Two and a half million people died before South Sudan, the world's youngest nation, became independent in July 2011. But in just one week, fighting spread among former liberation leaders, thrusting the country into the cusp of a civil war.
President Salva Kiir, from South Sudan's Dinka ethnic group, the largest, has accused former Vice President Riek Machar, a Nuer and a long-time political rival, whom he dismissed in July, of trying to launch a coup. Presidential guards loyal to Machar clashed with a group loyal to Kiir last week and the conflict spread quickly.
No one is sure how many hundreds have died but the United Nations reported that 100,000 people fled their homes with 45,000 of them seeking refuge at UN bases around the country. The fighting, the worst in a decade, began as a power struggle but then sunk into ethnic cleansing.
The two rival groups had fought each other in the 1990s as part of the Sudan Peoples Liberation Movement (SPLM) and then combined forces in 2002. But Machar, articulate and highly educated, had blotted his reputation by siding with the Khartoum government for several of the war years.
In 2005, a Comprehensive Peace Agreement, with the help of the United States, the African Union and others, formally ended decades of civil war between the largely Muslim north and the Christian and animist south. The dead numbered 2.5 million. More than 4 million southerners were forced to leave their homes, many captured as slaves.
"The United Nations stood with you on your road to independence. We will stay with you now," said UN Secretary-General Ban Ki-moon at a news conference where he announced a substantial increase in peacekeepers.
From 7,000 to 12,000
Currently there are 7,000 UN peacekeepers and police, spread thinly around the country of 239,000 square miles, about the size of France. In a letter to the Security Council, obtained by this reporter, Ban proposed another 5,500 troops and 423 police.
The contingents are to be sent to South Sudan from existing UN missions: from the Darfur region of Sudan, from the Congo, Ivory Coast, Liberia and the disputed region of Abyei on the Sudan-South Sudan border. They are to bring three attack helicopters, three utility helicopters and a C-130 military transport plane.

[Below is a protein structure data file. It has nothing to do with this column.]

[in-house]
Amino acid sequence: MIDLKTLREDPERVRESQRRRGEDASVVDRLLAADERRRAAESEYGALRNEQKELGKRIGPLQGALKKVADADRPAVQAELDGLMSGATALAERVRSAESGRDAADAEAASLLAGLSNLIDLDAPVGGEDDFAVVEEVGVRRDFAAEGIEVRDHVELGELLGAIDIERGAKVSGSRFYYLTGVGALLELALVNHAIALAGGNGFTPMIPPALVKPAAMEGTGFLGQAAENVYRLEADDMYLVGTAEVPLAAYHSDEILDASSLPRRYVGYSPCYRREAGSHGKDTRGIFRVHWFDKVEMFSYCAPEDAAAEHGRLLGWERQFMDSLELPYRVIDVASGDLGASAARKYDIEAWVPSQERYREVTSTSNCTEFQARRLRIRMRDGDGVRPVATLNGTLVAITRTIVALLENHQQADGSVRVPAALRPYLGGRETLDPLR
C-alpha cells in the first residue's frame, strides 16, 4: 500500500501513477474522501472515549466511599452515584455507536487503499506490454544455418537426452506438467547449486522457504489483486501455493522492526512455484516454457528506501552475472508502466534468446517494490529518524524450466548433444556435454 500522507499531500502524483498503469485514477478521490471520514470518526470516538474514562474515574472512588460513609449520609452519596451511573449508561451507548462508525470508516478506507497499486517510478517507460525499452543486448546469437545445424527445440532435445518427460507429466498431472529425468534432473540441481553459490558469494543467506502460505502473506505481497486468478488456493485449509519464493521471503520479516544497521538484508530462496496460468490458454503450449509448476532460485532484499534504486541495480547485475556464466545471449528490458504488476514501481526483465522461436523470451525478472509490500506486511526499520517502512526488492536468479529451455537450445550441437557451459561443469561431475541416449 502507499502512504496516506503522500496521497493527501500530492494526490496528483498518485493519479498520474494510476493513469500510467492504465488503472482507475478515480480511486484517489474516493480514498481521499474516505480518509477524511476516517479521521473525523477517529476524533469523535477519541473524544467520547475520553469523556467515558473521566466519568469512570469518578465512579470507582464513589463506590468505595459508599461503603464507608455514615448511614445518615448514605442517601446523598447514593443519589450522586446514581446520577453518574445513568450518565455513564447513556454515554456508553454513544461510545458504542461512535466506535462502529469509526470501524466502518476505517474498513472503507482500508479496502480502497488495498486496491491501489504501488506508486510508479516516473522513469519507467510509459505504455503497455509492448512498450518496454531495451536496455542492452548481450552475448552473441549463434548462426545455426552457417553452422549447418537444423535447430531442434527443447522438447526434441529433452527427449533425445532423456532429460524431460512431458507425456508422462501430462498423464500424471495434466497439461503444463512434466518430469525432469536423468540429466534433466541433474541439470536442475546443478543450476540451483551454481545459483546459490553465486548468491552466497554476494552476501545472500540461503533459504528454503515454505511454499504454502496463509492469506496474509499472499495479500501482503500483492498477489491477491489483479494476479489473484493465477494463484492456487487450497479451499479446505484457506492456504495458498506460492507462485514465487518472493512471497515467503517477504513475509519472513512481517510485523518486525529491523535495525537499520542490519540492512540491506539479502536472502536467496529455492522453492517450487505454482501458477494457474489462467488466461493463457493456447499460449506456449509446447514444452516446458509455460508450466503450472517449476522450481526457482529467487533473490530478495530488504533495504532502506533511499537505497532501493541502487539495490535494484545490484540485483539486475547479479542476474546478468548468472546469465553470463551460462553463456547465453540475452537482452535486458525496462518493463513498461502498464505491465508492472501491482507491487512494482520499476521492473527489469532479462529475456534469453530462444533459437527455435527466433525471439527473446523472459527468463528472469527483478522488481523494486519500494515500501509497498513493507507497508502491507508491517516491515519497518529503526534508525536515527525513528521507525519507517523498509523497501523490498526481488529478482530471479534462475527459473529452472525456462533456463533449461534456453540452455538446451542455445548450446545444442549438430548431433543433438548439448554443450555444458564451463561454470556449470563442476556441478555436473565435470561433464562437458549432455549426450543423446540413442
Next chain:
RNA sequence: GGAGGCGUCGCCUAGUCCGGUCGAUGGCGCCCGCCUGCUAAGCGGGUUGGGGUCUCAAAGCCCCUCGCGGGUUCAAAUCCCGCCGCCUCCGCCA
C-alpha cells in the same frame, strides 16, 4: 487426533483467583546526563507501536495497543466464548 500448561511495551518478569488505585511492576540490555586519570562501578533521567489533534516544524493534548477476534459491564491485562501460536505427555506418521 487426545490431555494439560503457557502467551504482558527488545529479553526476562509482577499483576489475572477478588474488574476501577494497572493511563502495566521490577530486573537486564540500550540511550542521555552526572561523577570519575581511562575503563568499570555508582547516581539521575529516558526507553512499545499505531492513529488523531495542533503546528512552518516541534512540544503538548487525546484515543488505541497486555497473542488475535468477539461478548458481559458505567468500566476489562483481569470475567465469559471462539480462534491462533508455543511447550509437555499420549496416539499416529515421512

No time as been set for their arrival as troop contributing countries first have to give permission.
Rebels have moved close to Bor, the capital of the relatively large Jonglei state. Bor, site of a UN base, is where three U.S. aircraft flying into South Sudan to evacuate American citizens were attacked on Saturday and forced back. Four servicemen were wounded, one seriously. Kiir has told parliament government troops were ready to attack Bor.
Elsewhere in Jonglei, youthful attackers loyal to Machar pursued Dinka civilians who had taken refuge at Akobo, site of another UN base. Two peacekeepers from India and 11 Dinka civilians were killed, UN spokesmen said.
Ambassador Gerard Araud of France, this month's Security Council president, called an emergency meeting Monday and said the 15-member body would approve Ban's peacekeeping proposals Tuesday.
But troops can't solve the politics or punish torturers -- with reports of rapes and wanton shootings by government soldiers and executions on all sides. Secretary-General Ban said that efforts towards a political solution were ongoing "but have yet to gain traction."
Kiir, in his Twitter messages said he was ready to speak to "Dr Rieck Machar" without preconditions. Machar in turn told Reuters in a telephone interview that his imprisoned colleagues had to be released first.
The U.S. special envoy for the Sudan region, Donald Booth, visited 11 jailed opposition leaders "and he found them to be secure and well, and very open to ending the crisis through dialogue and reconciliation," said U.S. Ambassador Samantha Power, who drafted the Security Council resolution.
But she told reporters that "as long as these two individuals are at loggerheads, refusing to sit down with one another, innocent people are being killed on nothing other than ethnic grounds."
And then there is oil
South Sudan, albeit impoverished, sits on three-quarters of all of Sudan's oil reserves. Compared to desert lands in the North, the South also has an abundance of fertile land and timber. But much of the wealth has been squandered on weapons.
Kiir, on his Twitter account, said Bentiu, where the oil reserves are located on the border with the Republic of Sudan "is in the hands of a commander who has declared support for Machar." Others dispute this but if oil is cut off, Khartoum could enter the fray on one side or the other, repeating its civil war divide and conquer policies.
Louise Arbour, president of the Brussels-based International Crisis Group, wrote at the time of independence that "southern leaders have to switch gears from the solidarity of the liberation struggle to the more mundane, though more divisive, tasks of running a democratic country. The signs are not encouraging. "
This week, her research and monitoring group warned that the fighting could reverse all the gains made in South Sudan.
"Too much has been invested in South Sudan since its independence in July 2011 for it to fail so soon, and with the potential for such grievous violence. Even if a cessation of violence can be achieved and political dialogue established, the Sudan Peoples Liberation Army's re-opened wounds will be difficult to heal: if the fighting continues, that split will widen and engulf the entire country in a renewed war."